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This is an interesting topic ... and why? Because bike manufacturers set up the EFI to create a lean partial throttle condition to save on fuel in test.
However, I found that with my other two FI bikes and one carb bike set-up the same ..with a very hesitant slight throttle condition that in real world conditions actually means that you use MORE throttle than you need to, and therefore over a greater distance use more fuel. On the FI bikes a power commander saved fuel with a richer low end .. and the same on the carb bike by shimming the carb needles .. both of them used LESS fuel after RICHENING the low end .. Interesting ..
 

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I have just read this entire thread I the hope that it help me to cure my same issue
However I have a 99 efi bird but it doesn't seem to have the sensor on the exhaust
So I am now at a bit of a loss My bike has done 33k and has full Honda service history
Would it be The fuel pressure regulator that is causing the same issue on mine or possibly plugs
It goes like a train when pushed but seems to surge when pottering about at 30-40 MPH

Cheers

Dean
 

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Are you sure it doesn't have an O2 sensor? I thought all the EFI models had them. Or has yours already ben modified, e.g. after market exhaust fitted?
 

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Are you sure it doesn't have an O2 sensor? I thought all the EFI models had them. Or has yours already ben modified, e.g. after market exhaust fitted?
Ok,
Just had a good look at the bike.
There is no sensor to speak of on the exhaust, have checked both sides.

Have also lifted the tank and there is no plug to disconnect a sensor either (just in case I missed it on the exhaust)

Whats next then chaps.....

FPR, Plugs ???
 

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Hi. You are right. Looks like the O2 sensor was only fitted to the 2001+ models.

So not sure what your problem is. Do you have the workshop manual? It says how to check the fuel pressure regulator.

Be aware that even with the O2 sensor disconnected, there is a still a small surge. It is just much more obvious when it is connected. Also some individual bikes seem to be more affected than others.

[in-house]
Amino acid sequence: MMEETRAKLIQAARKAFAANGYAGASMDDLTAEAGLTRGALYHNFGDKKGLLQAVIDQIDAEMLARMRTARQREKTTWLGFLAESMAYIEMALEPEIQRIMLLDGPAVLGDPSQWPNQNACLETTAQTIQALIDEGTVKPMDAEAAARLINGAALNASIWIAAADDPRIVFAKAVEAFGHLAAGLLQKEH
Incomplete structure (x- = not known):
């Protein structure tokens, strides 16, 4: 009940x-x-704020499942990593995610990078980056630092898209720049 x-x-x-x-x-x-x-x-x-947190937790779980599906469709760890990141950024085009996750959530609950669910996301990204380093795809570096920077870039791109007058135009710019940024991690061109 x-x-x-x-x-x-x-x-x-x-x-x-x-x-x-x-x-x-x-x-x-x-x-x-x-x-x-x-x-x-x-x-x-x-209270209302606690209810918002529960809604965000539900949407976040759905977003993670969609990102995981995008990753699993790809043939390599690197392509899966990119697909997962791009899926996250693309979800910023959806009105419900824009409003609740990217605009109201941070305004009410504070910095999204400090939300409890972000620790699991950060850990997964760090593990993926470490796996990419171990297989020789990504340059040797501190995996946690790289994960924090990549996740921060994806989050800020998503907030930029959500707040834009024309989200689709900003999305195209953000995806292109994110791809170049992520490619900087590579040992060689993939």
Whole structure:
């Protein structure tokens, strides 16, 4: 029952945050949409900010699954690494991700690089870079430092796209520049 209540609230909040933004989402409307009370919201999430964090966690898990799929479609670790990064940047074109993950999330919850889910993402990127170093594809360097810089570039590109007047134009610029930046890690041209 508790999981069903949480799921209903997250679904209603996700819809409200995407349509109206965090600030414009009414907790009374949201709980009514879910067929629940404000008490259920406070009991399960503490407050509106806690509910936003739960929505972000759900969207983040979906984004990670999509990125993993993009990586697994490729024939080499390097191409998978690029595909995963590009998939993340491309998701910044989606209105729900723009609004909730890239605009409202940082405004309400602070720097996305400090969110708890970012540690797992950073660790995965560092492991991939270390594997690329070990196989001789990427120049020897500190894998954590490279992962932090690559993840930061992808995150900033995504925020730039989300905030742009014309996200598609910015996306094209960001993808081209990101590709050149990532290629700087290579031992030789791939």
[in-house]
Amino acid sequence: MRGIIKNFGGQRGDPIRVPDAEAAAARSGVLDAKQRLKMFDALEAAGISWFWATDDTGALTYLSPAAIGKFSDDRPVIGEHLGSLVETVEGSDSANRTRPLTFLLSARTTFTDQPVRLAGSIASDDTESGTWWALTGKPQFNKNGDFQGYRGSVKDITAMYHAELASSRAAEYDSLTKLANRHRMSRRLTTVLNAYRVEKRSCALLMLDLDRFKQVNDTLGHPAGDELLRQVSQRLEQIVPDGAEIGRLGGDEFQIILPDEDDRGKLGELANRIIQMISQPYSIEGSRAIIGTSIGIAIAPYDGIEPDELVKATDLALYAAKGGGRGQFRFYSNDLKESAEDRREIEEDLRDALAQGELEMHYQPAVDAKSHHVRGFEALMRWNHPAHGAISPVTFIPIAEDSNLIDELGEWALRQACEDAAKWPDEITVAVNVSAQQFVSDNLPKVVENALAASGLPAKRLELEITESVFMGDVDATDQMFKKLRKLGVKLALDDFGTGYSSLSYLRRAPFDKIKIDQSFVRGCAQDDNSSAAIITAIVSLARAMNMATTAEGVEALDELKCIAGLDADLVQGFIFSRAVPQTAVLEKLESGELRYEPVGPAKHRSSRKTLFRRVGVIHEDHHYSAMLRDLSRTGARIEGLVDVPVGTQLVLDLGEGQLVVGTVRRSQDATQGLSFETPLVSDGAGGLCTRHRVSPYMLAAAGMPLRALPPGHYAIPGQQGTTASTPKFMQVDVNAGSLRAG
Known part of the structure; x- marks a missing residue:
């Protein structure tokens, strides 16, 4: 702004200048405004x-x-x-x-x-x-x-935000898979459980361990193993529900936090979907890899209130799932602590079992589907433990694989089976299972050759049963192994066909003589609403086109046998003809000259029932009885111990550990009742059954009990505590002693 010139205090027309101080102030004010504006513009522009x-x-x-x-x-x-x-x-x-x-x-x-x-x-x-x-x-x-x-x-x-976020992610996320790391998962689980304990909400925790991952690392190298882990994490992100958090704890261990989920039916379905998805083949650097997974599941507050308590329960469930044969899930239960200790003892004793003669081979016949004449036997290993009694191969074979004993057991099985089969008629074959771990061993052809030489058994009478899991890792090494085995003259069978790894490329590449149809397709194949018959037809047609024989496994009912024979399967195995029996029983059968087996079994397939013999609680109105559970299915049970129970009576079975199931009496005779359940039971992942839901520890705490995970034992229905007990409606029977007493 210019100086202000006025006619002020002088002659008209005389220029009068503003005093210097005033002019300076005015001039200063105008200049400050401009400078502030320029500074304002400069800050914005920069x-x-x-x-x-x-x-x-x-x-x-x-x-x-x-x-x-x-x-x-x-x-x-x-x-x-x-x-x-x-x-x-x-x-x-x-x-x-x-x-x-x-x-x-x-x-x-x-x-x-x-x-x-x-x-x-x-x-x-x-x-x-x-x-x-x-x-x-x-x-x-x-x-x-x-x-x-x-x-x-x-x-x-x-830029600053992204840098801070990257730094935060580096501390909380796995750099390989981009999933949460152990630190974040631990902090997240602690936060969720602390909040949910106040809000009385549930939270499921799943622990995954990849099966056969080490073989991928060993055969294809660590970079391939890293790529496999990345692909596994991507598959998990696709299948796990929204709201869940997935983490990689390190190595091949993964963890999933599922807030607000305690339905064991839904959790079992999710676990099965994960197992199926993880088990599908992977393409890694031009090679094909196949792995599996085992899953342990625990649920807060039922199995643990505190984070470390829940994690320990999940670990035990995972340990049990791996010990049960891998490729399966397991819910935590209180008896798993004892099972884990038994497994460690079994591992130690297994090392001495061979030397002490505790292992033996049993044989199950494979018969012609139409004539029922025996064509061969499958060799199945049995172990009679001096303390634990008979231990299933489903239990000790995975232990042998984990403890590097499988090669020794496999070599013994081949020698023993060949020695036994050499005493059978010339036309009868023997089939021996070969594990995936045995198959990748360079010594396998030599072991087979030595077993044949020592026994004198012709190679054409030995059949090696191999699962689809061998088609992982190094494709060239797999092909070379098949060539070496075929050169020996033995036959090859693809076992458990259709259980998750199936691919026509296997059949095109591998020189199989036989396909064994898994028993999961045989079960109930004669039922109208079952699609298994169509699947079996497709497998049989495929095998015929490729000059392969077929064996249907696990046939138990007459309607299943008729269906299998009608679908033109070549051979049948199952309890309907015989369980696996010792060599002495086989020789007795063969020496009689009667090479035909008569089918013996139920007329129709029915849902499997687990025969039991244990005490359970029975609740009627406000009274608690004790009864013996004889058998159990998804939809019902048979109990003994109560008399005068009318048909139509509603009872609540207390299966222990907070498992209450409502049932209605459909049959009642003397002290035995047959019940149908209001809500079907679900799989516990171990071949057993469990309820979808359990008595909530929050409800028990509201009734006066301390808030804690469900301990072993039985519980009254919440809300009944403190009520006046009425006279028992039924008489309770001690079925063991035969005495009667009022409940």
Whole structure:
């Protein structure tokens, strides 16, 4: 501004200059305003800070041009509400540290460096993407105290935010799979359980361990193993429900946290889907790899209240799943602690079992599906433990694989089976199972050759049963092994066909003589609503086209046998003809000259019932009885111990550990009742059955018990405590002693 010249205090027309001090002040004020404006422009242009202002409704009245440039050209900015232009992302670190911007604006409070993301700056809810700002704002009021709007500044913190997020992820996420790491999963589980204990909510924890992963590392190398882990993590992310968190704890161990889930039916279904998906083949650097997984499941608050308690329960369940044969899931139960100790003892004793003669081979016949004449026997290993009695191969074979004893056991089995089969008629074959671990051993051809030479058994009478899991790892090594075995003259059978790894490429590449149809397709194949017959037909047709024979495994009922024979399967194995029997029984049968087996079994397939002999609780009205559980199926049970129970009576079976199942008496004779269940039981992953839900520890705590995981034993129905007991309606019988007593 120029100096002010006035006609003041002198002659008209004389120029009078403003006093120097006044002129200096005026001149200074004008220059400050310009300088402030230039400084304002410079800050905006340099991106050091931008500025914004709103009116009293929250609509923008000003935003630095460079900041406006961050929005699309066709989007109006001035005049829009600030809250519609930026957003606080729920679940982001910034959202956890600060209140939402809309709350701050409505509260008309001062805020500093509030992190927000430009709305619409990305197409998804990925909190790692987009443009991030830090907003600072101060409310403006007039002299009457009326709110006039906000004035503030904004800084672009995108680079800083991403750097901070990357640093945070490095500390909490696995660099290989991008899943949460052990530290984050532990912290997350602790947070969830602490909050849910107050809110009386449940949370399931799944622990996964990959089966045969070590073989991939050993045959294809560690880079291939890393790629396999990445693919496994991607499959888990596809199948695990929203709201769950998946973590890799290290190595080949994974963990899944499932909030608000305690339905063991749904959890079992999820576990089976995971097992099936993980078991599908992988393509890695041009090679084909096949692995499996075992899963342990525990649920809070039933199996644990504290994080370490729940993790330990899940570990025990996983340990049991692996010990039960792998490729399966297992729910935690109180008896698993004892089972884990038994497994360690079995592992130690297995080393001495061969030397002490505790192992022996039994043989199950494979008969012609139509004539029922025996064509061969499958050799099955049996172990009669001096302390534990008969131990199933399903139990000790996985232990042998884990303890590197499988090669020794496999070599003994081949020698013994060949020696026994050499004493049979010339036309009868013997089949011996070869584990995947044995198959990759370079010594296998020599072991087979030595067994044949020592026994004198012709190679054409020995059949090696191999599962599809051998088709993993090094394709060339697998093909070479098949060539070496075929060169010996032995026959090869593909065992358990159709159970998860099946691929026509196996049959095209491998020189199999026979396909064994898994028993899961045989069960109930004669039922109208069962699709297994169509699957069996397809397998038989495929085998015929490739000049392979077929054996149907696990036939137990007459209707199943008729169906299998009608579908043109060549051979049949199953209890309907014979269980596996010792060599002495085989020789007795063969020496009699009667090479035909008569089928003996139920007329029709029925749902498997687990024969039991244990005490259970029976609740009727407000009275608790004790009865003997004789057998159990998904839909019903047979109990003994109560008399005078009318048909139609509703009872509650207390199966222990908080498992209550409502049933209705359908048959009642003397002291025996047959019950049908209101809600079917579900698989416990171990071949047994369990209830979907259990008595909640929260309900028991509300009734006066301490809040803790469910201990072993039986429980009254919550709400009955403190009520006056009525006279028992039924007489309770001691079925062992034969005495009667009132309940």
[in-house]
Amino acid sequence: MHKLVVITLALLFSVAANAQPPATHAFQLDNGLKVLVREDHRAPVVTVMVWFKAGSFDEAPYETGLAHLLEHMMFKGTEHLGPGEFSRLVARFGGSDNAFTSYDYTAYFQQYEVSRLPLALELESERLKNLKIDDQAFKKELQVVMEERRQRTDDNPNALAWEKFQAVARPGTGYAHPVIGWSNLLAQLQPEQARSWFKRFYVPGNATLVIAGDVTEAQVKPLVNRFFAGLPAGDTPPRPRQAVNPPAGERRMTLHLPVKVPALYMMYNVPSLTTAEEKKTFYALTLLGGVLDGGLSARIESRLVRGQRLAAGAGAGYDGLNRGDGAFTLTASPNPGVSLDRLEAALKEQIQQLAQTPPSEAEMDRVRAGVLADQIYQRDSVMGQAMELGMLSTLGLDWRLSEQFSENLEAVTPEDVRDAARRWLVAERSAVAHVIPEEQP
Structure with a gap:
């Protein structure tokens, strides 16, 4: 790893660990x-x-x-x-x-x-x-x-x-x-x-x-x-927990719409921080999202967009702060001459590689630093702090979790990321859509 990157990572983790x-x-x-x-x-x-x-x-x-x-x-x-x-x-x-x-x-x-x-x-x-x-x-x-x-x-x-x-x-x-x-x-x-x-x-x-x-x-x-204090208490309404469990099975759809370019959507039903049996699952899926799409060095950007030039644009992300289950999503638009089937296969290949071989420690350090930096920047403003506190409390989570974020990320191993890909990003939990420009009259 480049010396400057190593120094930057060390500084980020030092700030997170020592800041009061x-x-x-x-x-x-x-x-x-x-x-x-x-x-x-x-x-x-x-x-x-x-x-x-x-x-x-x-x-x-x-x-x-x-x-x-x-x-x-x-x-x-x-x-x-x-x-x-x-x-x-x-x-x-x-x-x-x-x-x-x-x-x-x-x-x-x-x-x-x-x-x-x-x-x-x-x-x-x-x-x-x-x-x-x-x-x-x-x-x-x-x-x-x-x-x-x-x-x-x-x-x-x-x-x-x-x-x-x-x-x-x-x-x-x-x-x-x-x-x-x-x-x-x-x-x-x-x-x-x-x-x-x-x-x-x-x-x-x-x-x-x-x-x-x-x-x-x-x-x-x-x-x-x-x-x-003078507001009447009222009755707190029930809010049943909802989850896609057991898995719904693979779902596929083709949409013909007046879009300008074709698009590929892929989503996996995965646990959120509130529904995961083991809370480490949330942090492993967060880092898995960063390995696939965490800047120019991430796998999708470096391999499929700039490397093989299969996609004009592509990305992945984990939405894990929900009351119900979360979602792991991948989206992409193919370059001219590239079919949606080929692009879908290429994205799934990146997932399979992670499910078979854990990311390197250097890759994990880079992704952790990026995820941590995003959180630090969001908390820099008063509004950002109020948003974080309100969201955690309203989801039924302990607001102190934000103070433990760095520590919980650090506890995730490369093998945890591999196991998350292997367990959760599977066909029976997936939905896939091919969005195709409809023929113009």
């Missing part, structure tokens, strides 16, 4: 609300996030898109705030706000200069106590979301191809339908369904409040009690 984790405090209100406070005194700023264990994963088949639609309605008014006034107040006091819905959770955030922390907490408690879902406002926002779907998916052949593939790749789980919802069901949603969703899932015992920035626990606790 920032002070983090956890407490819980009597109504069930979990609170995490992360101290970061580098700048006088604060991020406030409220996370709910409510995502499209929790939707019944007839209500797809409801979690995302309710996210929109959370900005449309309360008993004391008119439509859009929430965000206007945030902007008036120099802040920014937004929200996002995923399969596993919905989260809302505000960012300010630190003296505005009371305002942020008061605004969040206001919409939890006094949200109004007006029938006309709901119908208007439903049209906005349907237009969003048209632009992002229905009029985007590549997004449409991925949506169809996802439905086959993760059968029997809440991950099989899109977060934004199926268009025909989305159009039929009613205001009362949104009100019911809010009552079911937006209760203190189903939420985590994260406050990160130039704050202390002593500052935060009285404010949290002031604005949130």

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Hello,
I just purchased a '02 FI Blackbird yesterday, and the first thing I noticed was this slight jerking on low revs, rather annoying to ride in the city. I'm glad I found this topic, but before I go tampering with my bike I need to check what has been done to it previously (the bike originates from Germany and the first owner seems to have done quite a few mods to it). It also has an odd knob in lower left fairing with unknown purpose...
And to be clear - what kind of effect does this mod have to cats? I have stock exhaust and no intention of changing it, so does the lambda sensor trick damage the cats?
 

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TBH you need to give the bike a good service and take any crap off it that isn't standard, the switch you talk of may be a manual fan switch best thing is to switch it on and see, any other mods like power commanders etc need to be removed then start from there, also you might want to check the FPR, prime the system (turn on the key) and see if fuel drips from the vacuum connection (smaller of the 2x pipes) if it drips fuel then it's faulty, the FPR can be accessed by lifting the rear of the tank and it's on the RHS end of the fuel rail

If that doesn't sort it then you could have a vacuum leak on one of the thin pipes below the fuel rail - perhaps something you should check along with the FPR
 

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Hello,
I just purchased a '02 FI Blackbird yesterday, and the first thing I noticed was this slight jerking on low revs, rather annoying to ride in the city. I'm glad I found this topic, but before I go tampering with my bike I need to check what has been done to it previously (the bike originates from Germany and the first owner seems to have done quite a few mods to it). It also has an odd knob in lower left fairing with unknown purpose...
And to be clear - what kind of effect does this mod have to cats? I have stock exhaust and no intention of changing it, so does the lambda sensor trick damage the cats?
Has no effect on the cats it stops the lean surge which is the jerking at constant throttle low revs you sounds like you're experiencing. Before you mess around with all the other items GeoffXX mentions just disconnect the Lamdba/O2 sensor to 'test' it. Buy the resistor spoken about for a few pennies and bridge the connection which stops it throwing the FI light. Start the bike and take it for a ride, if this makes no difference then clearly its something else - but to be honest its very likely to solve it! I suspect as is most cases with blackbird FI models with cats/o2 sensor they don't get ridden in town basically.
 

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Are you sure it doesn't have an O2 sensor? I thought all the EFI models had them. Or has yours already ben modified, e.g. after market exhaust fitted?
Early FI models had no cat convertors or o2 sensors. 1999-2000
2001+ FI models that were predominately non US based have Cats and O2 sensor in the header. I know all european models and Australian and New Zealand Models would have this 2001+ model years.